Saturday, February 22, 2014

Lifelogging, singularity, and immortality

Flesh fades. We all know this. We are given our allotted three score and then some, and that's it. Who we were - our experiences, faults, failures, hopes and dreams, secret wishes and brightest hopes - Pfftt! Just like that. Gone.

Which is why we have religion, to give hope of an afterlife, to give meaning and poignancy to our current life, and to explain that existential and elusive question, "Why are we here?"

I blog, journal and write, and, partly, became a parent, in my own futile grab at immortality. Because I know, once the curtain falls, all this talk of heaven and God and an afterlife, is pure speculation. I'm living today as if it all I've got. For that may be true.

I am a monotheist and church member not because I have abiding faith in eternal salvation. Nah! Truth be told, I'm just as unsure about the afterlife as an agnostic. My main reason for attending church is: Belief in something greater (or, at least perceived to be greater) than oneself is a good thing; I like being held morally accountable to a greater good, and that I don't have the strength or will to proclaim absolute right or wrong, so I subscribe and hold fast to moral tenets that have worked in western civilization for a couple thousand years; Jesus is cool, humble and exalted, yet a bad boy, iconoclast, table flipper, a questioner of authority (God in human form? I don't know. But I'd follow him anywhere); and I come from a tradition of faith. My heritage is tied to it and I respect the faith of my forebears.

Making peace with one's mortality helps make embracing the now all that much easier. It brings the miracle of existence to the forefront. And life truly is a miracle. There is more life visually evident in a square foot of land right outside your window than in all the vast reaches of the cosmos. Statistically, given the billions and billions (don your turtlenecks and insert Carl Sagan voice here) of galaxies, life on other planets does exist. But we just don't know. We don't have conclusive evidence.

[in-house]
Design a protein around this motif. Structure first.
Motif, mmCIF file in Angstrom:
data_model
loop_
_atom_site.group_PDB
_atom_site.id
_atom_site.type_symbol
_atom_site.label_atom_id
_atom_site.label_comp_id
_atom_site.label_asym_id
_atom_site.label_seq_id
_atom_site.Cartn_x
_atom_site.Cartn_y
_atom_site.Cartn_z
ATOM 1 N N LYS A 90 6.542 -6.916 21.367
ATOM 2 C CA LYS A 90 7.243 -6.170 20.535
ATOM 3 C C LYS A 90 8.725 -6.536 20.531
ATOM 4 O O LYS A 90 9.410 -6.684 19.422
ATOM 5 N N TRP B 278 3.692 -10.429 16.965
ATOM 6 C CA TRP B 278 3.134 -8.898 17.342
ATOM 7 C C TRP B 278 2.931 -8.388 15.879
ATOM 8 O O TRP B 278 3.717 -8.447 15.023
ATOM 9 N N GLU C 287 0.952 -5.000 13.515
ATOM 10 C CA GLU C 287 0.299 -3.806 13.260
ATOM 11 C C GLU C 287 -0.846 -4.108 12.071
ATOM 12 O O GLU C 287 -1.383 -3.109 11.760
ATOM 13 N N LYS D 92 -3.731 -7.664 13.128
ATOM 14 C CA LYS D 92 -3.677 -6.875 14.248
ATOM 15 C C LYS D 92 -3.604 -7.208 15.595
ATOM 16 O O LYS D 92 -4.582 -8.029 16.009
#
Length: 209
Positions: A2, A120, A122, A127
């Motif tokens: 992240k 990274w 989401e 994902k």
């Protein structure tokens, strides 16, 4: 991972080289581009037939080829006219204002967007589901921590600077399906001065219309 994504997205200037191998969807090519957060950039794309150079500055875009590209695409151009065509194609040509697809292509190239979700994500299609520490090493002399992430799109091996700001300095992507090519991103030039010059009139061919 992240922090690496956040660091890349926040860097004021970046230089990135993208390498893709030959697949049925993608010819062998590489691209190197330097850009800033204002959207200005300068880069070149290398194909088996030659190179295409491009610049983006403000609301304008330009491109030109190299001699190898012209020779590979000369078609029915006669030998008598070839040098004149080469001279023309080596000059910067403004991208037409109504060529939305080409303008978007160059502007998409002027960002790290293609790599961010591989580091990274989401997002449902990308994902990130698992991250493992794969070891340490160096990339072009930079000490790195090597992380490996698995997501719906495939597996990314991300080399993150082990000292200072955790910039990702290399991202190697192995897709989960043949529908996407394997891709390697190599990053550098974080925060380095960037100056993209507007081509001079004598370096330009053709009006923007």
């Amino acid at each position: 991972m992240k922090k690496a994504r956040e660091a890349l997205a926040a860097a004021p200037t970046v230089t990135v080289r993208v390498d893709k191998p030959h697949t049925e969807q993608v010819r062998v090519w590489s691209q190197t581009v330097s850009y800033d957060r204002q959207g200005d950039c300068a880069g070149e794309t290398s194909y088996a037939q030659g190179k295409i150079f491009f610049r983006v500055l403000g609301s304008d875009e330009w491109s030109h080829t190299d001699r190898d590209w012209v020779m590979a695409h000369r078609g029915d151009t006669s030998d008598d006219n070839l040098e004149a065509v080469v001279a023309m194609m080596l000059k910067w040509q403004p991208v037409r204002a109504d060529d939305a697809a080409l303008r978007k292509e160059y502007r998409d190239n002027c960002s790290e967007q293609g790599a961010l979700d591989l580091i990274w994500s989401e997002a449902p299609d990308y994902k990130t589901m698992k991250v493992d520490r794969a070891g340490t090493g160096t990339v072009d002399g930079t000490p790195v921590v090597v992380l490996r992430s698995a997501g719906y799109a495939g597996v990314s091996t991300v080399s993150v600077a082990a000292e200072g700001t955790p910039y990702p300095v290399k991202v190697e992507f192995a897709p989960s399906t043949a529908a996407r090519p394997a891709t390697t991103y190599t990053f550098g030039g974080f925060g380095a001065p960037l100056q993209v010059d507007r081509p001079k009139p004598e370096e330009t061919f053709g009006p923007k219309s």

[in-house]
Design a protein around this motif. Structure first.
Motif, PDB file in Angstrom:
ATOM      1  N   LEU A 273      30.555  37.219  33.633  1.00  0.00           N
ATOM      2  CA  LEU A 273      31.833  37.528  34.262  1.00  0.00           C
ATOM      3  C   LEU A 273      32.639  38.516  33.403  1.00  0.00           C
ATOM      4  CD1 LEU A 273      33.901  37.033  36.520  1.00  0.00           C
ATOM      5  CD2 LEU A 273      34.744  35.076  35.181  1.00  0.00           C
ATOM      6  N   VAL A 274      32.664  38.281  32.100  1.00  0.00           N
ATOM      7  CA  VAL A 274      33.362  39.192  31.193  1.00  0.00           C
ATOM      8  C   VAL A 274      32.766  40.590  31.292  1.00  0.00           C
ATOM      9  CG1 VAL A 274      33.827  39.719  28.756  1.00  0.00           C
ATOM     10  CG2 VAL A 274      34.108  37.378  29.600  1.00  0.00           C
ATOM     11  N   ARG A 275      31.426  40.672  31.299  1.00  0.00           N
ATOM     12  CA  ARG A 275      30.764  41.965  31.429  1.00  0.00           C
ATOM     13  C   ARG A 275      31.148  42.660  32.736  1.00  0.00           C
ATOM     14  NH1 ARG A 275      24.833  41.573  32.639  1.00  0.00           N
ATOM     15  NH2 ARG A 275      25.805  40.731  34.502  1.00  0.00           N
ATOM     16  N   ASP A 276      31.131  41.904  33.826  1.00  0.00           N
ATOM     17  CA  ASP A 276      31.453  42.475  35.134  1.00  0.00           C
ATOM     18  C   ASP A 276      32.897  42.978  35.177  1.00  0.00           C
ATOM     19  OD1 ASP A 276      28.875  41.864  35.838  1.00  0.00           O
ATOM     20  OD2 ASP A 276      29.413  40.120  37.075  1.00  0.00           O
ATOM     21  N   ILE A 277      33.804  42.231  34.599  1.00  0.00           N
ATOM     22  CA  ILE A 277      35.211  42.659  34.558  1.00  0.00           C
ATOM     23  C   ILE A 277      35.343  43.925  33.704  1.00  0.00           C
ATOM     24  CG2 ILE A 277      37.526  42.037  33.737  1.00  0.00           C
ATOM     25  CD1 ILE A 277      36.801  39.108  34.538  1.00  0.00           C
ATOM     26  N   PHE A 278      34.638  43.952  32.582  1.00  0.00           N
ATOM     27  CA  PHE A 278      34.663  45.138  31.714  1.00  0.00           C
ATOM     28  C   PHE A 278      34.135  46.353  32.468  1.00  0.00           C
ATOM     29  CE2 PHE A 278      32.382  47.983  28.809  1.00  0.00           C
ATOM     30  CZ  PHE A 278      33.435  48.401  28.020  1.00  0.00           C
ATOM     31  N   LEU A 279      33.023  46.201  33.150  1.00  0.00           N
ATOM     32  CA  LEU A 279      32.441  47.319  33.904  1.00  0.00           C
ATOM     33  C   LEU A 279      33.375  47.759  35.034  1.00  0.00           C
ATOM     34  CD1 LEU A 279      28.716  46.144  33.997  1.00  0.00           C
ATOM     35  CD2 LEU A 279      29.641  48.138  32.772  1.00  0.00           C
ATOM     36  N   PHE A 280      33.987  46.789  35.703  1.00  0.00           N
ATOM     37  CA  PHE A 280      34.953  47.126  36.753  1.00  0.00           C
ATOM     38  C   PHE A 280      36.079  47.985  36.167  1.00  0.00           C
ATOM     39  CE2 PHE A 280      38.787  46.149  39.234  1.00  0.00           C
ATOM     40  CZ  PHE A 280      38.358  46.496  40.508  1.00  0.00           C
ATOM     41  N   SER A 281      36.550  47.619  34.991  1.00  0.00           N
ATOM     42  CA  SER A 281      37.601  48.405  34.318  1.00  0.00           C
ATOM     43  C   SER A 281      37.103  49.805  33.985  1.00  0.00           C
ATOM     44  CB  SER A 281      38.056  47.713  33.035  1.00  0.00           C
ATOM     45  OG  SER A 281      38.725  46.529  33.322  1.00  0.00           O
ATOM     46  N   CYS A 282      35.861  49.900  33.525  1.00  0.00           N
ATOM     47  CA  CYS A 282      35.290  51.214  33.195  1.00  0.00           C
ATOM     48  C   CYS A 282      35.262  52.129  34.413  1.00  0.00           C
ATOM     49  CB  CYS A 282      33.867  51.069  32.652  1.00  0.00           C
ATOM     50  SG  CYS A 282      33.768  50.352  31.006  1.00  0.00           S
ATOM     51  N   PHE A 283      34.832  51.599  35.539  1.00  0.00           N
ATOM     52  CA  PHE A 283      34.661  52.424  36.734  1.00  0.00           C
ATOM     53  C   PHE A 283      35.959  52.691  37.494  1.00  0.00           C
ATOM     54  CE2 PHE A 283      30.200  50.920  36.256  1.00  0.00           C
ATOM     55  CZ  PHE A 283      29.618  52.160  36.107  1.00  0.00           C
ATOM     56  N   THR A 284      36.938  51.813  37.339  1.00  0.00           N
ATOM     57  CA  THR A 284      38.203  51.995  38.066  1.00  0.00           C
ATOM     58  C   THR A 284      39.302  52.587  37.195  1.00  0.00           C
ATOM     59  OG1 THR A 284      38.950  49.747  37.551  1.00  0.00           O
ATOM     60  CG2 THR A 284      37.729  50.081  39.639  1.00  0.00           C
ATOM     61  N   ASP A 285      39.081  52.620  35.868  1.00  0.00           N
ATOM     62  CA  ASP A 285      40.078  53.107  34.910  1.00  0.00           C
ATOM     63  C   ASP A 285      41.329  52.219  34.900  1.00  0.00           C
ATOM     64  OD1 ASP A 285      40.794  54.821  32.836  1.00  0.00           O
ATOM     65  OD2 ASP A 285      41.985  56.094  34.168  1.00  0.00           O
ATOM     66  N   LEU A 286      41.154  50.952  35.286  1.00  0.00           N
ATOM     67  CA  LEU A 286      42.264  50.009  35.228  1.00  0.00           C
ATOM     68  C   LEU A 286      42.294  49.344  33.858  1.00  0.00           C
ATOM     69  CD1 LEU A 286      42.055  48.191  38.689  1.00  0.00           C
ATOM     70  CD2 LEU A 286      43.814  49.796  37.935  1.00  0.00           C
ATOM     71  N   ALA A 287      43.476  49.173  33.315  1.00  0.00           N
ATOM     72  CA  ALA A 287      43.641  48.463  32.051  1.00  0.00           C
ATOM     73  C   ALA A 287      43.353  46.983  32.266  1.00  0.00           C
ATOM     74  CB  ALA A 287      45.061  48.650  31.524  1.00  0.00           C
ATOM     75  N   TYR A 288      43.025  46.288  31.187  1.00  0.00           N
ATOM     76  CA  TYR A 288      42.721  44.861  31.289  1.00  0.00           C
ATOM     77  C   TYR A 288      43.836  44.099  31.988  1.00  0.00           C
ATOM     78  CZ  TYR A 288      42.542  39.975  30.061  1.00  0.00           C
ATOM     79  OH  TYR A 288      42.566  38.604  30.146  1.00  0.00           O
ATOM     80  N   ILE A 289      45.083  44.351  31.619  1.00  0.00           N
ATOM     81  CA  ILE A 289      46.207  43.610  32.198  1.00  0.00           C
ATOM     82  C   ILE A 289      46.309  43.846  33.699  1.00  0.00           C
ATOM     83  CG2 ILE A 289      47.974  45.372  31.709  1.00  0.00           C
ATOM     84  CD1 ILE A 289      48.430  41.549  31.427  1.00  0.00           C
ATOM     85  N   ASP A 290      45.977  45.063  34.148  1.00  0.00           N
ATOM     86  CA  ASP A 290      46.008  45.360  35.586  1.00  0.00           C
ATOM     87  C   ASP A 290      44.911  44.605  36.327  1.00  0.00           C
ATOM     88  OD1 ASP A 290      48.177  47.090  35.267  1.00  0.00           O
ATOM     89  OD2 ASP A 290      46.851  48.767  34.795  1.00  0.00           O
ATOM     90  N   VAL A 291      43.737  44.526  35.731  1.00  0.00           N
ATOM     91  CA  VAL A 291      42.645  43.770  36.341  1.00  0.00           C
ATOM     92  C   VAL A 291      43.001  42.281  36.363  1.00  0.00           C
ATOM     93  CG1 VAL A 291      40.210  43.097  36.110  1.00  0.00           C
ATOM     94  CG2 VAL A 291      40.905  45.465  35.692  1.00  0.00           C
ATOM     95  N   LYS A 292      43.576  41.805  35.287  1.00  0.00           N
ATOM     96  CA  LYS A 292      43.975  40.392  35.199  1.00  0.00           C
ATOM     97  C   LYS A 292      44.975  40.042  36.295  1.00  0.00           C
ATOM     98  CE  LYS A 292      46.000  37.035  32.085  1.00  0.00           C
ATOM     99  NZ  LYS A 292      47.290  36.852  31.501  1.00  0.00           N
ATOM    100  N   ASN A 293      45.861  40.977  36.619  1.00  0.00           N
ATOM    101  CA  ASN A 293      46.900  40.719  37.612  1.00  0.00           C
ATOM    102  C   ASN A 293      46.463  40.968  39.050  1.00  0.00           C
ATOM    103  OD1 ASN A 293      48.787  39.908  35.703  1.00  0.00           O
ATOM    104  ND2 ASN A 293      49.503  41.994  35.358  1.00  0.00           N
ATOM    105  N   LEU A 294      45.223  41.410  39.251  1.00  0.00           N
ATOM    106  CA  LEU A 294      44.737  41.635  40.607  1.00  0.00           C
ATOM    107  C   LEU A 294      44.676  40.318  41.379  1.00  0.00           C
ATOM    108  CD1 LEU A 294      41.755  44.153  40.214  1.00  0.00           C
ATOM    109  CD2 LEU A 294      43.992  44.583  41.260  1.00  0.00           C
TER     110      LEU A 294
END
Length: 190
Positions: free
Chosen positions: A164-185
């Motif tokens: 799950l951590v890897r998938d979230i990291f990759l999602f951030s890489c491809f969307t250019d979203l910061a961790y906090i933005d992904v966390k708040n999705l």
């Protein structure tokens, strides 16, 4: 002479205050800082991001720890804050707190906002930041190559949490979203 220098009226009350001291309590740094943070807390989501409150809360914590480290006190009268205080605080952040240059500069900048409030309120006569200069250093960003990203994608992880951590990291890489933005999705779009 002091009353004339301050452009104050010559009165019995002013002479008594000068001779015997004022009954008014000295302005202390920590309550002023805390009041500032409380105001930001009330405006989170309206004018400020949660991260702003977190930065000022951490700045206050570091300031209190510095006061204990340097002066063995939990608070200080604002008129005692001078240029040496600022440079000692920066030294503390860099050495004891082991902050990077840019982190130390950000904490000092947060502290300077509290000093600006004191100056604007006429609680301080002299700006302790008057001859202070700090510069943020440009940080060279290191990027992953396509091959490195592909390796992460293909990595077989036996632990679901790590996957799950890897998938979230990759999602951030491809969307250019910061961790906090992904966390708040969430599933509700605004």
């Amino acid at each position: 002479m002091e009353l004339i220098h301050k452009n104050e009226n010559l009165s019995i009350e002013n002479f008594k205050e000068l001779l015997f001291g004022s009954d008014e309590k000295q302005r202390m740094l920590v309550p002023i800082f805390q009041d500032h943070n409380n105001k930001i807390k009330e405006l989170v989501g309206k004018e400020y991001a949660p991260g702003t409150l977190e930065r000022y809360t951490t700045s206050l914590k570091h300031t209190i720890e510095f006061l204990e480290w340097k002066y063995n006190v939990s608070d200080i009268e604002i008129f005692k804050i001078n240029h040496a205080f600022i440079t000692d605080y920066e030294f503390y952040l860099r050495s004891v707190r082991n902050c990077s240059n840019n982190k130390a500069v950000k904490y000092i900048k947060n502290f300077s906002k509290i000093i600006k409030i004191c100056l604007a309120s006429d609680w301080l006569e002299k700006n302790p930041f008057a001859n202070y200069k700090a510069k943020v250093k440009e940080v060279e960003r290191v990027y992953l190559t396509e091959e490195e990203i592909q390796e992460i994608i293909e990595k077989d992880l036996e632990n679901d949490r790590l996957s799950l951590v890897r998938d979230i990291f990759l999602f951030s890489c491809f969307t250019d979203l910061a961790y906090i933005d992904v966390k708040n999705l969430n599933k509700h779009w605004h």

Yet.

Now, more than ever, we have the ability to record our lives in ever more meaningful and complex ways. I use my smart phone to take pictures, record distance, time, and a map location of running, do Facebook and Twitter updates, and to get on the Internet to look up meaningful topics.

These types of activities are called Lifelogs. And with the advent of Google glass and other App-based technologies, lifelogging is reaching more and more activity-centered niches. I imagine that within the next 10 to 20 years, data storage capabilities and our understanding of how the brain operates, along with nano-technology that will allow us to ingest and integrate robotics into our lives, every small bit of data about our lives will be recorded. I hope to live long enough to download my brain into a more permanent hardware system. I've even written a couple story treatments about reverse discrimination, wherein this type of technology takes over and robot bodies, in all their perfection, discriminate against "organics."

Any sci-fi and futurist thinker know about the singularity event, that consequential tilt in time when artificial intelligence supersedes human intelligence. This will have either utopian and/or dystopian consequences, and in many ways is already profoundly influencing human thoughts and behavior. The pace and efficiency of our world economy is dependent on computers. But think about it on a personal level. Ten years ago I used to have all of my friends and family member's phone numbers memorized. Now I depend on my phone's database for those numbers. Rarely do I ever dial a number. The term "dial" is an anachronism, a reference to an outmoded technology as alien to today's generation as party lines are to mine.

Check out the works of Ray Kurzweil, Google's director of engineering. He's written many books about humanity's relationship to technology, most popularly, The Singularity is Near. Huge technology companies will influence and profit from these profound new technologies, but I believe the technologies themselves will be the greatest bringers of change in the years to come.

And to think, all of this will happen (is happening! Now!) in my lifetime. How we adapt and relate to these new technologies will define what we are as a species and will forever change what it means to be a human. And, as predicted in Star Wars, as the lines between human and machine become blurred, it will be as important as ever to get in touch with a spiritual center that is uncorrupted by the machine.

For now, I'm just trying to solve level 139 on Candy Crush Saga. Each affirmative "Divine!" goads me on to higher achievements. It validates and vindicates my very 21st century existence. Someday the quest will be complete. And then what. Candy Crush Heaven? That will be the ultimate singularity event!

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